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dc.contributor.advisorAnne M. Mayes and Linda G. Griffith.en_US
dc.contributor.authorKuhlman, William Aen_US
dc.contributor.otherMassachusetts Institute of Technology. Dept. of Materials Science and Engineering.en_US
dc.date.accessioned2008-11-10T19:54:20Z
dc.date.available2008-11-10T19:54:20Z
dc.date.copyright2007en_US
dc.date.issued2007en_US
dc.identifier.urihttp://dspace.mit.edu/handle/1721.1/39549en_US
dc.identifier.urihttp://hdl.handle.net/1721.1/39549
dc.descriptionThesis (Ph. D.)--Massachusetts Institute of Technology, Dept. of Materials Science and Engineering, 2007.en_US
dc.descriptionIncludes bibliographical references.en_US
dc.description.abstractAmphiphilic comb-type graft copolymers comprising a poly(methyl methacrylate) (PMMA) backbone and short, polyethylene oxide (PEO) side chains, PMMA-g-PEO, are proposed to self-organize at the polymer/water interface, resulting in quasi-2D confinement of the backbone at the immediate surface. The branched architecture and amphiphilic chemistry of these polymers results in a dense PEO brush that resists cell adhesion. To facilitate specific cell-surface interactions, small biological molecules such as adhesion peptides can be selectively tethered to PEO chain ends. Quasi-2D confinement of the polymer backbone results in clustering of tethered epitopes on a length scale dictated by the backbone. The present work investigates two aspects of this polymer architecture on organization of tethered ligands: nanometer length-scale clustering through backbone 2D confinement, and tether length effects on the availability of tethered peptides for cell adhesion.en_US
dc.description.abstract(cont.) To directly probe 2D confined polymer conformations, combs at the film/water interface were labeled with gold nanoparticles and observed by transmission electron microscopy. A 2D radius of gyration (Rg) was calculated by reconstructing nanoparticle-decorated chain trajectories, and compared with Monte Carlo simulations of a 2D melt of similarly broad length distribution. The 2D Rg calculated from observed conformations scaled with the number of backbone segments (N) as Rg - N.69-0.02 Monte Carlo simulations yielded a scaling exponent v = 0.67 + 0.03, suggesting that the deviation from classical 2D melt behavior (v= 0.5) arose from polydispersity. Tether length effects on cell adhesion to comb copolymer films functionalized with the adhesion peptide PHSRNGGGK(GGC)GGRGDSPY were further investigated by observing cell attachment and spreading on combs with long (22 EO unit) and short (10 EO unit) tethers. Lofiger tethers increased the rate of spreading and reduced the time required to form focal adhesions. Fluorescence resonance energy transfer (FRET) measurements suggest that the added mobility afforded by longer tethers allowed cells to reorganize tethered peptides.en_US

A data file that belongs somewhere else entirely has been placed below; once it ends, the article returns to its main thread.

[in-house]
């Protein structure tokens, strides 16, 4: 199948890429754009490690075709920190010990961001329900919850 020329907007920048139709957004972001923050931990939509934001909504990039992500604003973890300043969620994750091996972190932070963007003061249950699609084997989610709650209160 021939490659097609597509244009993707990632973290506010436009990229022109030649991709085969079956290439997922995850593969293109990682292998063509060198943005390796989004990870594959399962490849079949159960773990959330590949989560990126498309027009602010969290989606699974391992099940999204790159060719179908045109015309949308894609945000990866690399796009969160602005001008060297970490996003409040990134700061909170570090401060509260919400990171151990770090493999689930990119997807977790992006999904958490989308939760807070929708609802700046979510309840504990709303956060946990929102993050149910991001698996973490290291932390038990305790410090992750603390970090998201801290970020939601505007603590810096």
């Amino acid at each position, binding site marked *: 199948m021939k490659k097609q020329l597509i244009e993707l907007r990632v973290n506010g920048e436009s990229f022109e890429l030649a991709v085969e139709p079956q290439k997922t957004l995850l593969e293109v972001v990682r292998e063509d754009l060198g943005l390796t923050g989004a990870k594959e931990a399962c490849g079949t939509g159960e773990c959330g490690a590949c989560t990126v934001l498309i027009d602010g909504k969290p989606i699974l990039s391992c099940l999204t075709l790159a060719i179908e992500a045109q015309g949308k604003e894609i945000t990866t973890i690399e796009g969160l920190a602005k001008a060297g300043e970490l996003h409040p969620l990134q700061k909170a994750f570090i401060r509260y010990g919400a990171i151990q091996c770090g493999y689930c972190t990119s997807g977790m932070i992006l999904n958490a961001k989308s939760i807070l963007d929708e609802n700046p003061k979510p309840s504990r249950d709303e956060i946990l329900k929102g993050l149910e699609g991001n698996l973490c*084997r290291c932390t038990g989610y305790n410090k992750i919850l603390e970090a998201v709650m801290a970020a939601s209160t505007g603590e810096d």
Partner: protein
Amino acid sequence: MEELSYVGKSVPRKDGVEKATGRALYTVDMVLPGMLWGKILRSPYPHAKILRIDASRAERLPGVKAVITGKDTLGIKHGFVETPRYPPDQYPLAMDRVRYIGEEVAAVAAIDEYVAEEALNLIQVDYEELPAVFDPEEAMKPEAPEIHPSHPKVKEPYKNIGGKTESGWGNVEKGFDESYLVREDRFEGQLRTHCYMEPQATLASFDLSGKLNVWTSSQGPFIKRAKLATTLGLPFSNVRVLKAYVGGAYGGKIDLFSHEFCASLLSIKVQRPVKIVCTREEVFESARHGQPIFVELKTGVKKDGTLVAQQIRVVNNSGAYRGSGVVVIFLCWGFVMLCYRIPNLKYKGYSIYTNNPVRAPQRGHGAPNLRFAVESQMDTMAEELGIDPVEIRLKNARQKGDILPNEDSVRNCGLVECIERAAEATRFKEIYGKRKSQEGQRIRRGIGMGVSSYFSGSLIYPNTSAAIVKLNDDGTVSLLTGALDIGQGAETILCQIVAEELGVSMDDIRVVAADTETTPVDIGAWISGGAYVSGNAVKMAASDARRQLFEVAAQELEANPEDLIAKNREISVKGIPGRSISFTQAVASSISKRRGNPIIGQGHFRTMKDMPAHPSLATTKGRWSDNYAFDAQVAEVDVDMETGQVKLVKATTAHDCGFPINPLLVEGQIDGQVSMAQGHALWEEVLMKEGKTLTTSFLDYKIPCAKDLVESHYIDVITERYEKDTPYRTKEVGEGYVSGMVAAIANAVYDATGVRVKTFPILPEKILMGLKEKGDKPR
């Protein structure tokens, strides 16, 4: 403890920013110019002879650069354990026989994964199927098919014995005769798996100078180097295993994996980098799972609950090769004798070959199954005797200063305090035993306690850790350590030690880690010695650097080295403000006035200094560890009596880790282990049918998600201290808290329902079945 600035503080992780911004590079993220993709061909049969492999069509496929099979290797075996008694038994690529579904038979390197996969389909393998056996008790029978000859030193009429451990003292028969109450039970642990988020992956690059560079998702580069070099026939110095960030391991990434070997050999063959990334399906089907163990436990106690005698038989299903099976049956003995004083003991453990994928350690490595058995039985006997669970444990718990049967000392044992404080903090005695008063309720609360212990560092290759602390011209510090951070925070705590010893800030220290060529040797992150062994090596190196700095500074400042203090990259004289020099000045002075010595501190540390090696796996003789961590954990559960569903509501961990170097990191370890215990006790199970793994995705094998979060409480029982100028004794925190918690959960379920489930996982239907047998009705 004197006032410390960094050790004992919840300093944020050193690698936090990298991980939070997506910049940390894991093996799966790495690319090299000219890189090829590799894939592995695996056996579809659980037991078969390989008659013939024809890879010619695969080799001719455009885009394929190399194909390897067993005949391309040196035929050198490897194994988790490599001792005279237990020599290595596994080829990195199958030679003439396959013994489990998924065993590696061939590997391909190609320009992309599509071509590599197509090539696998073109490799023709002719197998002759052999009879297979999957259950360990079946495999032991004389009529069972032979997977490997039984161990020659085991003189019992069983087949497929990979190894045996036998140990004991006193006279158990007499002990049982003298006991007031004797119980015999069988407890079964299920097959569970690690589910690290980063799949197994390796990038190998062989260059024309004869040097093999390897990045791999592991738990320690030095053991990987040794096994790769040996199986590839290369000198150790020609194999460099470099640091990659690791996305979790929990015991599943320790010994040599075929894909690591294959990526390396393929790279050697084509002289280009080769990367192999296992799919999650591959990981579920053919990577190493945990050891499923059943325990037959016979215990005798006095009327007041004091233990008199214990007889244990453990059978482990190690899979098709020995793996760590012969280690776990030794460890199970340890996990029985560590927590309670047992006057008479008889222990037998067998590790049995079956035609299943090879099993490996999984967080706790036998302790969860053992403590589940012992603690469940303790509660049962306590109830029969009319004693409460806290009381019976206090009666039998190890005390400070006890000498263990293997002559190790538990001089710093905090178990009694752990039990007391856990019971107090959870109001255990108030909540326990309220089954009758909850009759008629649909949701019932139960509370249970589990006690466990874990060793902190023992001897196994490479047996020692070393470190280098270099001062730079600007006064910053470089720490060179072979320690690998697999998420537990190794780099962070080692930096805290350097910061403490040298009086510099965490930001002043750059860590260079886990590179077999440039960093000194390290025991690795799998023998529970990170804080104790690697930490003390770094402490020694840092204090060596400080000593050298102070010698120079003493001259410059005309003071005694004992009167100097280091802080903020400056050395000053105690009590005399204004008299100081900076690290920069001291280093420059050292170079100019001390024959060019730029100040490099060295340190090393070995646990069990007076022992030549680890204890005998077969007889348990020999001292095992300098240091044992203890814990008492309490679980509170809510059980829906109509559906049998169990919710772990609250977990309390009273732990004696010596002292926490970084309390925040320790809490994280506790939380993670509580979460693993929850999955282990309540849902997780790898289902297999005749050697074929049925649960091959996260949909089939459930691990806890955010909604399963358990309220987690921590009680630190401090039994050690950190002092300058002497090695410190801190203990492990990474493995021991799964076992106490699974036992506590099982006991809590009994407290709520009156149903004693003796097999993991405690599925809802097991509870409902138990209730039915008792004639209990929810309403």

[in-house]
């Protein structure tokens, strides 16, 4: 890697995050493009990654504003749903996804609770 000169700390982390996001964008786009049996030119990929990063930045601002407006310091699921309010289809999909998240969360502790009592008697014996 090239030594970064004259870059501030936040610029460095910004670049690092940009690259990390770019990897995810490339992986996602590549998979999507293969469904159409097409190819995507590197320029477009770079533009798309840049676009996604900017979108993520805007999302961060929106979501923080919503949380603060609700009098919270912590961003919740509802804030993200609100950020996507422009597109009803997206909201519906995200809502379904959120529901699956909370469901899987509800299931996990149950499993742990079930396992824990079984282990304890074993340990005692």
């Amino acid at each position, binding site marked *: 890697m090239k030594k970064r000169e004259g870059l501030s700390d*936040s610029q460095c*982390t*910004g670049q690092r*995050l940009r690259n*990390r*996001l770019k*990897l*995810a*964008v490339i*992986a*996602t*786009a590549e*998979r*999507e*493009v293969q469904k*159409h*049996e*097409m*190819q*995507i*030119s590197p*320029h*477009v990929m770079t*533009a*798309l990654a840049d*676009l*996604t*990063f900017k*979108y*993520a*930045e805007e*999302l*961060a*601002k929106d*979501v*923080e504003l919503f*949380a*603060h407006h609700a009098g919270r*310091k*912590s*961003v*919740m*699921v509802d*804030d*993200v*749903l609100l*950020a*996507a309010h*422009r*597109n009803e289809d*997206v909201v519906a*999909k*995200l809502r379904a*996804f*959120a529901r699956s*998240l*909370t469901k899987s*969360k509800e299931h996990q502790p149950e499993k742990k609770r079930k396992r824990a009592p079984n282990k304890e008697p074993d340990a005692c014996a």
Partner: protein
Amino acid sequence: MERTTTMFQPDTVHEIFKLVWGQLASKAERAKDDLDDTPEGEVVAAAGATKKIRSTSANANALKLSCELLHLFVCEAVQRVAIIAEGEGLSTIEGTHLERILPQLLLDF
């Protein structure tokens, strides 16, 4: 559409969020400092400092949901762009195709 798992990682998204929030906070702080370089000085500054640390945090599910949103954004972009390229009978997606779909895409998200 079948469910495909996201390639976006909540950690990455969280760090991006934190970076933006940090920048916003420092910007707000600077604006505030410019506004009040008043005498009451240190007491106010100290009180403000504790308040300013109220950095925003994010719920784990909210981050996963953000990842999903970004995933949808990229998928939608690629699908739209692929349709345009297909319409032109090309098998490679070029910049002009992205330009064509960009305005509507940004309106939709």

dc.description.abstract(cont.) In addition, adhesion peptides were selectively coupled to short or long PEO tethers within a bimodal brush. Short peptide tethers in a bed of long inert chains did not promote cell attachment. Long peptide tethers with short inert chains resulted in cell attachment comparable to a monomodal brush of long chains. These findings may be of value in designing protein-resistant bioactive surfaces, where nanometer length-scale organization of ligands plays an important role in cell-surface interactions.en_US
dc.description.statementofresponsibilityby William A. Kuhlman.en_US
dc.format.extent144 p.en_US
dc.language.isoengen_US
dc.publisherMassachusetts Institute of Technologyen_US
dc.rightsM.I.T. theses are protected by copyright. They may be viewed from this source for any purpose, but reproduction or distribution in any format is prohibited without written permission. See provided URL for inquiries about permission.en_US
dc.rights.urihttp://dspace.mit.edu/handle/1721.1/39549en_US
dc.rights.urihttp://dspace.mit.edu/handle/1721.1/7582en_US
dc.subjectMaterials Science and Engineering.en_US
dc.titlePresentation and accessibility of surface bound ligands on amphiphilic graft copolymer filmsen_US
dc.typeThesisen_US
dc.description.degreePh.D.en_US
dc.contributor.departmentMassachusetts Institute of Technology. Dept. of Materials Science and Engineering.en_US
dc.identifier.oclc174053399en_US


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